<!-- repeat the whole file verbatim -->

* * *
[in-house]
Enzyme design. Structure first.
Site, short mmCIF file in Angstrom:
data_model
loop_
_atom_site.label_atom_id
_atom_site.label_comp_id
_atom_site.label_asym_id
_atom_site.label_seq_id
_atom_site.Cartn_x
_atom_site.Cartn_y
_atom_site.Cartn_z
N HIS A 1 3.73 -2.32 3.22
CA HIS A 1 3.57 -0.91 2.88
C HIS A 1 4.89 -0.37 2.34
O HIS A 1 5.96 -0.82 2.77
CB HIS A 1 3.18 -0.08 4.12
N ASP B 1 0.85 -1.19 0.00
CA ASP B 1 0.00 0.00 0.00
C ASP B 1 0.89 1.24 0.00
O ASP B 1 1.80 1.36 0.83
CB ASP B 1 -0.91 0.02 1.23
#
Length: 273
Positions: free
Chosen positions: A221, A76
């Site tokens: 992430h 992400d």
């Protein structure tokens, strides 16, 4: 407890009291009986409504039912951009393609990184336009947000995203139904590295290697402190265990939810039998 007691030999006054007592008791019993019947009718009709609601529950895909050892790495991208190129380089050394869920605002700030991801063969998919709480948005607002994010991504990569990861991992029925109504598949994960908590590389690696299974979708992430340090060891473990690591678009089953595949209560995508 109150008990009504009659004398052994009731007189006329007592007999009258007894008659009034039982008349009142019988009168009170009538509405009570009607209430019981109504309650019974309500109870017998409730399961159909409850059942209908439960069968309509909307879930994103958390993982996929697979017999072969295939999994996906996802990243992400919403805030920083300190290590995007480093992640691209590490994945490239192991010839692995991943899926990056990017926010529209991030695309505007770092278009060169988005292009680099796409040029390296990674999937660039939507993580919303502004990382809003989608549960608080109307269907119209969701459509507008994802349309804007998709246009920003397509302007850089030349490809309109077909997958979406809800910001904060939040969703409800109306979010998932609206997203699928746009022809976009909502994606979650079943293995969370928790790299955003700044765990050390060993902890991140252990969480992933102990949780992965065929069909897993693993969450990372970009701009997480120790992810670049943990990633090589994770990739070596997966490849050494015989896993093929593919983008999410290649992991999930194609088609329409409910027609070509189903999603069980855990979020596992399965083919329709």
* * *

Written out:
[in-house]
Enzyme design. Structure first.
Site, short mmCIF file in Angstrom:
data_model
loop_
_atom_site.label_atom_id
_atom_site.label_comp_id
_atom_site.label_asym_id
_atom_site.label_seq_id
_atom_site.Cartn_x
_atom_site.Cartn_y
_atom_site.Cartn_z
N HIS A 1 3.73 -2.32 3.22
CA HIS A 1 3.57 -0.91 2.88
C HIS A 1 4.89 -0.37 2.34
O HIS A 1 5.96 -0.82 2.77
CB HIS A 1 3.18 -0.08 4.12
N ASP B 1 0.85 -1.19 0.00
CA ASP B 1 0.00 0.00 0.00
C ASP B 1 0.89 1.24 0.00
O ASP B 1 1.80 1.36 0.83
CB ASP B 1 -0.91 0.02 1.23
#
Length: 273
Positions: free
Chosen positions: A221, A76
């Site tokens: 992430h 992400d």
């Protein structure tokens, strides 16, 4: 407890009291009986409504039912951009393609990184336009947000995203139904590295290697402190265990939810039998 007691030999006054007592008791019993019947009718009709609601529950895909050892790495991208190129380089050394869920605002700030991801063969998919709480948005607002994010991504990569990861991992029925109504598949994960908590590389690696299974979708992430340090060891473990690591678009089953595949209560995508 109150008990009504009659004398052994009731007189006329007592007999009258007894008659009034039982008349009142019988009168009170009538509405009570009607209430019981109504309650019974309500109870017998409730399961159909409850059942209908439960069968309509909307879930994103958390993982996929697979017999072969295939999994996906996802990243992400919403805030920083300190290590995007480093992640691209590490994945490239192991010839692995991943899926990056990017926010529209991030695309505007770092278009060169988005292009680099796409040029390296990674999937660039939507993580919303502004990382809003989608549960608080109307269907119209969701459509507008994802349309804007998709246009920003397509302007850089030349490809309109077909997958979406809800910001904060939040969703409800109306979010998932609206997203699928746009022809976009909502994606979650079943293995969370928790790299955003700044765990050390060993902890991140252990969480992933102990949780992965065929069909897993693993969450990372970009701009997480120790992810670049943990990633090589994770990739070596997966490849050494015989896993093929593919983008999410290649992991999930194609088609329409409910027609070509189903999603069980855990979020596992399965083919329709």